The risk score is mostly a quantification of what we evaluate already. History, ECG, ED diagnosis and troponin (if performed). Score ranges from -3 to 11 and patients are put into one of five categories; very low, low, medium, high or very high risk.
The primary outcome was “30-day serious outcomes” as determined during medical record review, telephone follow up, return visits, and coroners’ database.
The proportion of patients with serious outcomes increased from 0.3% in the very low risk group to 51% in the very high risk group.
This seems ok but I’m not so sure this “rule” will gain traction.
First, it’s too complicated to commit to memory. We would need to refer to MDCalc which will decrease its utility.
Second, it hasn’t formally been compared to what we already do… which is gestalt. (However, some may argue that it is already heavily reliant on gestalt.) It is possible that following the rule could make things worse.
Third, we know rules tend to perform less well in complex disease processes. This is why doctors have not been replaced by robots… yet.
How might I use the rule?
Probably how we use most rules; something we can write in the medical record to support a decision we have already made. This might sound cynical, but gestalt is probably the best rule.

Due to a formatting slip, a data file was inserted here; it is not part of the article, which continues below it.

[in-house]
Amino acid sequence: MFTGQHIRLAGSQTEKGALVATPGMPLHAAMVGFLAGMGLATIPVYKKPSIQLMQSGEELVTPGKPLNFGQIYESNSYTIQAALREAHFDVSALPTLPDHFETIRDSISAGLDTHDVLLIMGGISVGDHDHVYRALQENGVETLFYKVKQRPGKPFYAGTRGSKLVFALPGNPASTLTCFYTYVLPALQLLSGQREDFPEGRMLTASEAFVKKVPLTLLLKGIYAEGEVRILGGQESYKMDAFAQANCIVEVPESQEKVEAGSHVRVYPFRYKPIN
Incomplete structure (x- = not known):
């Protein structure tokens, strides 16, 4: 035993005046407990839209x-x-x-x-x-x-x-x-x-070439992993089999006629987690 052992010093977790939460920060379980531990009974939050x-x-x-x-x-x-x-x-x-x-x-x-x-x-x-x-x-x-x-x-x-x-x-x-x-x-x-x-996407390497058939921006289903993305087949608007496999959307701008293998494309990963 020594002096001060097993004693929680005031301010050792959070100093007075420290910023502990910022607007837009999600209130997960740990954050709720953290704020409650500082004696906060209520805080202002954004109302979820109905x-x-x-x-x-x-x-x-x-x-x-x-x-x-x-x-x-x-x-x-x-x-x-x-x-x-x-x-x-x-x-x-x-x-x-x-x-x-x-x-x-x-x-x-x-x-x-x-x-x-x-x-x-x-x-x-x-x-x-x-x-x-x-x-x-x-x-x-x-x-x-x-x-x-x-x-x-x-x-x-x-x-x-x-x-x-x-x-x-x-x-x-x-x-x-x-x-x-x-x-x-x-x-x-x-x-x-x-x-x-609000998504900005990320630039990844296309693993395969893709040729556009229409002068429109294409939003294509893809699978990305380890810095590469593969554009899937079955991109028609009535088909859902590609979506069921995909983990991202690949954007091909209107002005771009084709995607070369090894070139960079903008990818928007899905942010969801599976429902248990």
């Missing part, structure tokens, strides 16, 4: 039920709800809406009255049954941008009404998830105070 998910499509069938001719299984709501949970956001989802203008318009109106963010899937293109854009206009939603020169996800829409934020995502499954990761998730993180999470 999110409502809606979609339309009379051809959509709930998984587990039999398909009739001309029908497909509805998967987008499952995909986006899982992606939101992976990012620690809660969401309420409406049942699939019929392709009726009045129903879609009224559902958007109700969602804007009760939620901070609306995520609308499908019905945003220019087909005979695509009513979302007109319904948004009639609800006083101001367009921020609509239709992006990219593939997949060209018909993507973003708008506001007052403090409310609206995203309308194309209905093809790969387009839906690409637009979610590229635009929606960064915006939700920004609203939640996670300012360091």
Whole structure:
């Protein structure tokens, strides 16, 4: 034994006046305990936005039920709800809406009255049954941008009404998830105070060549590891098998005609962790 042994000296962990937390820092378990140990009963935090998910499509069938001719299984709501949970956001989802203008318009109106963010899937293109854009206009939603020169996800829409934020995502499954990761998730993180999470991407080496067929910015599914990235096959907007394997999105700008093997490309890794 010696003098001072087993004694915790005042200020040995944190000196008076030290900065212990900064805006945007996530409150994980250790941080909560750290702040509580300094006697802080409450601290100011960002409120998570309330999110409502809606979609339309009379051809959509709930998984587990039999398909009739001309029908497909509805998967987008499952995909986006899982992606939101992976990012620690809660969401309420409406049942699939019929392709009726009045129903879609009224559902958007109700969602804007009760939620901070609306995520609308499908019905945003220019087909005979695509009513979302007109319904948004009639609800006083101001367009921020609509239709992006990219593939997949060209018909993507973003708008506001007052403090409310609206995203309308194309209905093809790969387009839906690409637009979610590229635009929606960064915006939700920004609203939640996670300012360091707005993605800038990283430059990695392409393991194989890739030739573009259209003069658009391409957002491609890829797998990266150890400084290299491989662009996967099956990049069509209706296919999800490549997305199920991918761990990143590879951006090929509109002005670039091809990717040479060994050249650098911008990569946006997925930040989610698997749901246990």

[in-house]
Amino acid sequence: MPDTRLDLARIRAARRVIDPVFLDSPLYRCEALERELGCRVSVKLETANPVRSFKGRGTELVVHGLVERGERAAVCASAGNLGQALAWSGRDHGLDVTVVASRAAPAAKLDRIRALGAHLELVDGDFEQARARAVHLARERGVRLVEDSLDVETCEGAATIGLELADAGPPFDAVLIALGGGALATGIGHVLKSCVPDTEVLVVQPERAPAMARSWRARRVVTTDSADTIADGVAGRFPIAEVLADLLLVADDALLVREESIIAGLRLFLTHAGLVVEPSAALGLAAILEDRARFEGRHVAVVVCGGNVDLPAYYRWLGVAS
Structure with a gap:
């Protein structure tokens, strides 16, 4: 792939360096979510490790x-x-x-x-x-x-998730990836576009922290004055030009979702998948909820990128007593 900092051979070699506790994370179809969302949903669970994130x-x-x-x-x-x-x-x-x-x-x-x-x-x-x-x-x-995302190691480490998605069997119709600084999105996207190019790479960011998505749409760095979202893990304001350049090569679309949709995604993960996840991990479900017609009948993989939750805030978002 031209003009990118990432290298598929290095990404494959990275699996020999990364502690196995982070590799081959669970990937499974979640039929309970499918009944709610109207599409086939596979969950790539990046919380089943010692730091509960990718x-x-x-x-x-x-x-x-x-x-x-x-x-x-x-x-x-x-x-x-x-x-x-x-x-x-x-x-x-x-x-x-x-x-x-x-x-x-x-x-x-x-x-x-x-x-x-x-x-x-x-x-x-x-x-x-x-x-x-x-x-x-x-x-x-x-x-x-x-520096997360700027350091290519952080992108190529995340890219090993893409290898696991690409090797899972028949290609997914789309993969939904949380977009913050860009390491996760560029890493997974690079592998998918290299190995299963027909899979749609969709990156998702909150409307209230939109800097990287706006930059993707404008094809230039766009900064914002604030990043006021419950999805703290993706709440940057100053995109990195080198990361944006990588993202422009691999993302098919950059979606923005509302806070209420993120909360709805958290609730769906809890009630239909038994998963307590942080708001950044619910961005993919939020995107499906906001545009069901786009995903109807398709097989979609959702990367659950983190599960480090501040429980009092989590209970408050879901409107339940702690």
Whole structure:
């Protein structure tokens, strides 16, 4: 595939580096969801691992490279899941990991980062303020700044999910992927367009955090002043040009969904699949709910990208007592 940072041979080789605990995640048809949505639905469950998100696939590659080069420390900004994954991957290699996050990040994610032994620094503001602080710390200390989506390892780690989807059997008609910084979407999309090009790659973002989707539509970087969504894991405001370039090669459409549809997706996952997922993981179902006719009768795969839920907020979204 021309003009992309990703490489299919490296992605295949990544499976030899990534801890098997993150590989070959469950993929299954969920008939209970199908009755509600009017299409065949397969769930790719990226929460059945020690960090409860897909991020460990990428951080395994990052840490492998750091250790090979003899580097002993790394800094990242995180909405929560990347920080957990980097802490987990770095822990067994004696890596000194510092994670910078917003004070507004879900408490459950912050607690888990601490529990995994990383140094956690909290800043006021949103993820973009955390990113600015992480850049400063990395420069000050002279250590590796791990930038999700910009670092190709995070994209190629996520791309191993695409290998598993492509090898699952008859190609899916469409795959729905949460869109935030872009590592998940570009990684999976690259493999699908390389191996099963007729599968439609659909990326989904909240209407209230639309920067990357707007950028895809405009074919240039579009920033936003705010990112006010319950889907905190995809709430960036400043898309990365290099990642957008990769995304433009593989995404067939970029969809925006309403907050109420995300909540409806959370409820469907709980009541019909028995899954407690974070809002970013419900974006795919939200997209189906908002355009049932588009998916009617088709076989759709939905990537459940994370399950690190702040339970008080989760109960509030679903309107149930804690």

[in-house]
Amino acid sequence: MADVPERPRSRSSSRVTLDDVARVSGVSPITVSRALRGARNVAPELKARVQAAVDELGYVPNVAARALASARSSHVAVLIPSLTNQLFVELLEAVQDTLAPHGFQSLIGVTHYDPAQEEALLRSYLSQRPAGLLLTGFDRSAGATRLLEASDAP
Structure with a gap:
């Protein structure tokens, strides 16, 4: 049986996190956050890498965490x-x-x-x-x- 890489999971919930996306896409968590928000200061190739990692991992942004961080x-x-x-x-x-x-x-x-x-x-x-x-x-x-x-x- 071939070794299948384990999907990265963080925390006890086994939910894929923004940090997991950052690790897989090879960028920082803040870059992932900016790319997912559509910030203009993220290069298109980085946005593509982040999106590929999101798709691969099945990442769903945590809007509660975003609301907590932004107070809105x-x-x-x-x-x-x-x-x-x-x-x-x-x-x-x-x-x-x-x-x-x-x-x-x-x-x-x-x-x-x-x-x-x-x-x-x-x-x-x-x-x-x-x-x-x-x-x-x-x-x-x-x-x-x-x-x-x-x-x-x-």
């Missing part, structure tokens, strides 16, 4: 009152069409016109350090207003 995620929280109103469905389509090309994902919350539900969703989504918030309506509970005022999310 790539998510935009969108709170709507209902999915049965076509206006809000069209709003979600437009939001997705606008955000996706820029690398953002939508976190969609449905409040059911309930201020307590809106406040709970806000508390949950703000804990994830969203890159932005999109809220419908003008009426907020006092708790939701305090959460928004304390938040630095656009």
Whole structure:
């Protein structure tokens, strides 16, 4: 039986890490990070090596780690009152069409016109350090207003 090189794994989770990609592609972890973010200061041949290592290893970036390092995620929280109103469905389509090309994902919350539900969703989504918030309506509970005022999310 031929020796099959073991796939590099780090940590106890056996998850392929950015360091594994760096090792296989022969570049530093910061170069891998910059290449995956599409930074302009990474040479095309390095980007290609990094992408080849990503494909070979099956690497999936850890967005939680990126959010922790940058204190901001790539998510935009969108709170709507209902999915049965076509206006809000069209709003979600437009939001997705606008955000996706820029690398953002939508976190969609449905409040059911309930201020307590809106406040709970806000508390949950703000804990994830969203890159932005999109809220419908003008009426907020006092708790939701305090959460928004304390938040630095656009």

Thiruganasambandamoorthy V, Sivilotti M, Le Sage N, et al. Multicenter Emergency Department Validation of the Canadian Syncope Risk Score. JAMA Intern Med. 2020;180:737-44. [link to article]
Dr Brian Doyle is an emergency physician originally from the United States but now very much calls Tasmania his home. Unfortunately, it will now be a bit more difficult to deport him from the country as he passed his Australian citizenship test a few years ago. (He was able to answer that Phar Lap won the Melbourne rather than the Davis Cup). His main interests are mostly the clinical aspects of emergency medicine but also in education, ultrasound and critical appraisal of the literature. He spends much of his time annoying people to help out with conferences.